Business Today

Challenges For The New Government

The state of agriculture and a slowly shrinking balance of payments may hinder India's growth story.
Ashok V Desai | Print Edition: January 27, 2019
Challenges For The New Government

To call it the new government is perhaps too daring. Bharatiya Janata Party may well return in the coming general election. But its majority may be smaller - perhaps small enough to make it seek partners. If it loses and the Opposition forms the government, it is bound to be a coalition. This will be the biggest change after the election: The government will be less decisive, whatever its composition. In his Q&A session on New Year's Day, the Prime Minister gave a long list of his government's achievements. Others may not see all of them as achievements; in any case, there were many that were not significant. India, for instance, has over half a million villages; giving electricity to the last few thousand was a marginal feat. The list may give the impression that this government would leave India a perfect nation. That would be wrong. Despite a decade of high growth, the next government is going to face some urgent economic problems.

The first one is the state of agriculture. One does not have to look at figures; the farmers' agitations that have erupted from time to time leave no doubt that they feel aggrieved. It is not clear what they are upset about. All the marches and demonstrations they had organised were spontaneous; there were no clear leaders, and no manifesto. One issue that has made headlines for years is agricultural debt. It is one issue on which every government has been ostensibly active. In the past 15 years, governments have forced banks to give loans to farmers regardless of debt worthiness. That is one - although not the main - reason for the dire state of the banks.

Agricultural prices have not been rising as fast as expected. While the Congress governments pushed up minimum supply prices year after year, the BJP government has been less punctilious. But overall inflation has also come down; so it is not clear whether farmers have done worse in real terms. They had two terrible years of drought, but agricultural growth has been good in the past couple of years. So, farm income does not seem to be the problem.

There are two leading possibilities. One is that the billions of bank credit went to richer farmers who could mortgage assets and did not reach poor farmers who continued to borrow from moneylenders. The high-cost, high-risk loans have pushed small farmers and agricultural workers into dire straits. The other is that the government can no longer push up prices because an agricultural surplus has emerged. Too much rice is being produced; there is no shortage of wheat, and wheat farmers are doing too well if Punjab's drug problem is any indication. The overall agricultural surplus requires a wholesale junking of traditional policies and preparation of agriculture should become internationally competitive.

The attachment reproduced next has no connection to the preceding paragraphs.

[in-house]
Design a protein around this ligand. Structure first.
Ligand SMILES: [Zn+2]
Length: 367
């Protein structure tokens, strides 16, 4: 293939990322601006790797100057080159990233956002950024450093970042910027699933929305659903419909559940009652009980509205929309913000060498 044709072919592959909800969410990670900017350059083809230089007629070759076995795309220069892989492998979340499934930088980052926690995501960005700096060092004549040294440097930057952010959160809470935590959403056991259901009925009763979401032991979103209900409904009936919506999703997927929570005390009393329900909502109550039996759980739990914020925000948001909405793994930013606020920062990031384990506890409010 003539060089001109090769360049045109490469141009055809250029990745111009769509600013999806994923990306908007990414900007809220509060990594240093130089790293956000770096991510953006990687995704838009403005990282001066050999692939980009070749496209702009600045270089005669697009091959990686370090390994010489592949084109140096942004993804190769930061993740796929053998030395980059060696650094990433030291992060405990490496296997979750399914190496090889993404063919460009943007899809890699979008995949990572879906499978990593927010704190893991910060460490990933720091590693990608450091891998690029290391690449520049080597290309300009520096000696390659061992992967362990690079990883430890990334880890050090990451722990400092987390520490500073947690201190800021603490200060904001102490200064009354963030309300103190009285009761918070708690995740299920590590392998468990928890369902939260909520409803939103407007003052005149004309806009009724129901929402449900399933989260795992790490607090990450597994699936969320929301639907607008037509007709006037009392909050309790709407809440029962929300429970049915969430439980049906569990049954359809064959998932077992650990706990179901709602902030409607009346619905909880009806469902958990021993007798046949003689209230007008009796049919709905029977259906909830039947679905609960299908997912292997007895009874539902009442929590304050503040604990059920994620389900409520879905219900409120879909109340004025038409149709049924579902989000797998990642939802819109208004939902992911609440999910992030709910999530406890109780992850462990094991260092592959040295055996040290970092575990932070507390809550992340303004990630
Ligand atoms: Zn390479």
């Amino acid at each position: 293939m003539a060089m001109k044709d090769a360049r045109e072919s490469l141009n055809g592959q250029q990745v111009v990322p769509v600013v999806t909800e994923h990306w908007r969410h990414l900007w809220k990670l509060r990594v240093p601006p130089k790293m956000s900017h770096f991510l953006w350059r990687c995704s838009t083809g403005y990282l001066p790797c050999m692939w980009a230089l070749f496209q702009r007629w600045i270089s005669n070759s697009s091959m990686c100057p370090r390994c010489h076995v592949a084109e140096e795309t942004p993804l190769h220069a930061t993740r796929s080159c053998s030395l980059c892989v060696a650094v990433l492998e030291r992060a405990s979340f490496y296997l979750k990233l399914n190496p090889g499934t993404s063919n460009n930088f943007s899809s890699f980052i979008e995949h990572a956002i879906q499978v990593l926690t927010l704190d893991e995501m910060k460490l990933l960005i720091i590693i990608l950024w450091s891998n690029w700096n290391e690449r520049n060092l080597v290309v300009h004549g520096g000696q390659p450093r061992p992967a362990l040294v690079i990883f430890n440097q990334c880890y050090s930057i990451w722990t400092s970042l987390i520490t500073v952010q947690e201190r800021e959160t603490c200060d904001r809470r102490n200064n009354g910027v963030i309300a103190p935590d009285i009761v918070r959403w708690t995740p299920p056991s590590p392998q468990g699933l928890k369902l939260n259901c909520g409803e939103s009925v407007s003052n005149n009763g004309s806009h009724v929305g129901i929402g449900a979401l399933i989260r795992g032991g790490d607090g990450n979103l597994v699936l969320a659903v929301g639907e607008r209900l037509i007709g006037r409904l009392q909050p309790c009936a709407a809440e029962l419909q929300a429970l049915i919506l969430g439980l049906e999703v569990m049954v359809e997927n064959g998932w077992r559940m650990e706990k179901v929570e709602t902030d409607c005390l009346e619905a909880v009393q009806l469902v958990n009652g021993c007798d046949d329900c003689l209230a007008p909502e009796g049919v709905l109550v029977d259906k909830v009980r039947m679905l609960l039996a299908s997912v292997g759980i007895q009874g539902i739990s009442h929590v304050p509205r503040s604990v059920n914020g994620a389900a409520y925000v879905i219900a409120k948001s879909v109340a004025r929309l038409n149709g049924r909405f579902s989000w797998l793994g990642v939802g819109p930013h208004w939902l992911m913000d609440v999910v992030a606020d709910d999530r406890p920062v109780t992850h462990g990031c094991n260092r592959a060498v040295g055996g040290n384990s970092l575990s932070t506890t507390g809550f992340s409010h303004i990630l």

The other major problem is going to be the balance of payments. It has been covered up by the enormous foreign exchange reserves. They have been sliding down, but too slowly to cause concern. However, exports of information technology are no longer growing, and the related migration of techies to the US has stopped. Trump is unpredictable, but he has already tightened up on visas for techies, and anything he does next will be worse. Although non-resident Indians are great supporters of Modi in general, their remittances to India are stagnating. They are not upbeat about India's prospects, and their economic calculations override their political preferences.

On the domestic front, the two sectors that made India shine are education and health. Both have expanded considerably, and that is where they face problems. The output of school-leavers and graduates has gone up enormously, but the quality of their education is poor, and they cannot get jobs. The output of fresh doctors too has gone up, but not enough, and the quality remains poor. And the pharmaceutical sector, which did extremely well for four decades on account of its low costs, has reached the end of the road. It can no longer copy American and European patented drugs as India was forced to tighten up its patent law.

All the bright spots have faded, and there is no sight of new ones. That does not mean there will be none. But someone will have to seek them out; someone will have to invest in them; someone will have to take the risky road. The road waits for daredevil riders.

The writer is a senior economist and was chief consultant in the finance ministry from 1991 to 1993

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